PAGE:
Researchers Work to Develop a Nonantibiotic Treatment for Clostridium difficile

SEPTEMBER 16, 2016
Dava Stewart
C. difficile, microbiota, probiotics, gut, antibiotics, gastroenterology, c diff, c difficile, c difficile infection, bacteriophages,infectious disease, gastroenterology, Clostridium difficile, C difficile, C diff, healthcare-associated infections, hospital medicine, antimicrobial stewardship program, public health, antibiotics, antibiotic resistanceResearchers have identified a new target for the development of a nonantibiotic therapy to treat Clostridium difficile infections (CDIs). Authored by Charles Darkoh, PhD, of the Department of Epidemiology, Human Genetics, and Environmental Sciences, Center for Infectious Diseases, at the University of Texas Health Science Center, School of Public Health in Houston, TX, and colleagues, a paper describing the research was published in the journal mBio on August 16, 2016.
CDIs “account for most of the cases of antibiotic- and hospital-associated diarrhea with defined etiology worldwide and are a frequent cause of morbidity and mortality in older hospitalized patients,” according to the authors. Antibiotics are the traditional treatment, but also the biggest risk factor for CDI. There is a critical need for nonantibiotic therapies to treat CDIs, and the researchers say, “Knowledge of the mechanism of C. difficile toxin regulation will be critical in developing novel nonantibiotic therapies to target the toxins for the treatment of this pathogen of significant public health importance.”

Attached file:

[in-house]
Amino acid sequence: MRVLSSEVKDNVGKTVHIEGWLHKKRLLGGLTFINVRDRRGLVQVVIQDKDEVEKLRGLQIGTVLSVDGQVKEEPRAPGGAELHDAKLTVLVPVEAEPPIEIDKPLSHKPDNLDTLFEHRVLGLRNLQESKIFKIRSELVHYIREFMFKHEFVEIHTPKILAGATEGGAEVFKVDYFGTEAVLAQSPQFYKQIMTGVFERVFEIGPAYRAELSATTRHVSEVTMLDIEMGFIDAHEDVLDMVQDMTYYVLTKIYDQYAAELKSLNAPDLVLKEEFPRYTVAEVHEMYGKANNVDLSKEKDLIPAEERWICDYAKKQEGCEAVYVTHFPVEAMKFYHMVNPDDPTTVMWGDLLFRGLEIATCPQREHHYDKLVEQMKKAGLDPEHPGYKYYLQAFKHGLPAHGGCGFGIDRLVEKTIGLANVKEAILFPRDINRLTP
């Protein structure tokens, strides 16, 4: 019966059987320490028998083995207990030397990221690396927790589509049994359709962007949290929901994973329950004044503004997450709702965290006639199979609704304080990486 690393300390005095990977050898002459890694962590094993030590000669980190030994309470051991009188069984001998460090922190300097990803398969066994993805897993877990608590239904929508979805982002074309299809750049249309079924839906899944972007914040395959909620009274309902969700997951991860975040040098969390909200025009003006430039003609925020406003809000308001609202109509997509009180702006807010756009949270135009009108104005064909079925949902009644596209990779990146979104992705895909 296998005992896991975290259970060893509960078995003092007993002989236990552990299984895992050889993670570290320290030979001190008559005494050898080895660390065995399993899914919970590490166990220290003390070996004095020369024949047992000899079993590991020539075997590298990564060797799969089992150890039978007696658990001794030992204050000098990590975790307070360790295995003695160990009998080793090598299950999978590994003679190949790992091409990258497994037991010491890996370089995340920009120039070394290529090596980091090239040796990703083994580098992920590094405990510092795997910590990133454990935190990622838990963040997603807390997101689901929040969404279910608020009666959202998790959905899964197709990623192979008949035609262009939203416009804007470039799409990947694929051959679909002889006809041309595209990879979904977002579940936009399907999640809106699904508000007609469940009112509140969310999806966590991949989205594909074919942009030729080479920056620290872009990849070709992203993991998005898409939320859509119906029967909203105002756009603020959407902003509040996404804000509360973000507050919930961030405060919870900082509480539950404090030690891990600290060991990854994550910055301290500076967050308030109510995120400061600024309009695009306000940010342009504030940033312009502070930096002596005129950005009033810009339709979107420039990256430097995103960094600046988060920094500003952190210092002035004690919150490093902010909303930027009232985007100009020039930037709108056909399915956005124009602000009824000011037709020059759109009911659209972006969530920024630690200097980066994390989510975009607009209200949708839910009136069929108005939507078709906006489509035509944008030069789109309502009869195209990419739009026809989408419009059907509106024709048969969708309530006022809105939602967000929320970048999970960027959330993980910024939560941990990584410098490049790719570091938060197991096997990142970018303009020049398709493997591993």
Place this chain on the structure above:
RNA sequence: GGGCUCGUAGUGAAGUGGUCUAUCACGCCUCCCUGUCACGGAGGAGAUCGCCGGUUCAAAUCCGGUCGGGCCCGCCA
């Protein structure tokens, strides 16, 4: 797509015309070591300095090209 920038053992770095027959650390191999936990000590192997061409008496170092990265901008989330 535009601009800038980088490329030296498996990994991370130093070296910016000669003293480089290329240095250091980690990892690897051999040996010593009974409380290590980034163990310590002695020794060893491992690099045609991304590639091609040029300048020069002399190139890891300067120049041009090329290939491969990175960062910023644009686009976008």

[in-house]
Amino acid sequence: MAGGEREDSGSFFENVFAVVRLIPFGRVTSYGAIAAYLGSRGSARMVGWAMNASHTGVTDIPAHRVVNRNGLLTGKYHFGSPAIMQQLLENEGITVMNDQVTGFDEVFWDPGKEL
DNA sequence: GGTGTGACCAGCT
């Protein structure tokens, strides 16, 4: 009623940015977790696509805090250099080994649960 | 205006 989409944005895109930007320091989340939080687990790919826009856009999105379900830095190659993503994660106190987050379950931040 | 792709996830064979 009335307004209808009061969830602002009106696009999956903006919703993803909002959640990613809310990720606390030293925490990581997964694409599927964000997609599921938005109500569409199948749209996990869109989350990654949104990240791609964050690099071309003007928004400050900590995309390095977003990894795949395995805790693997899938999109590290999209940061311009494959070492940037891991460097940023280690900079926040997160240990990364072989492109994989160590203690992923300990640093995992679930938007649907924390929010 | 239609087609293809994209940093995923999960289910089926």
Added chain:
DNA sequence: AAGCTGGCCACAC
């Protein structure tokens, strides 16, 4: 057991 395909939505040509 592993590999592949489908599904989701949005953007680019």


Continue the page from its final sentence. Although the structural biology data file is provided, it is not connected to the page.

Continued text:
The A and B toxins are, say the researchers, “directly associated with the disease,” and they go on to explain, “targeting these toxins by inhibiting either their production or their activity is deemed a promising approach.” In this study, the researchers were able to identify a toxin regulatory pathway by using a genetic approach.
The researchers say, “We systematically deleted the agrB1D1 and agrB2D2 quorum signaling loci from the C. difficile 630 and R20291 strains and evaluated the mutants for toxin production.” The results show that “agrB1D1 locus is responsible for generating the TI signal, a peptide thiolactone required to activate toxin production,” they say, and further, “the agrB1D1 mutant is unable to produce toxin because it cannot generate the TI signal.”
They conclude, “Overall, our current findings have uncovered a promising target for the development of a novel nonantibiotic therapy to combat C. difficile, a multidrug-resistant pathogen of significant public health importance.”
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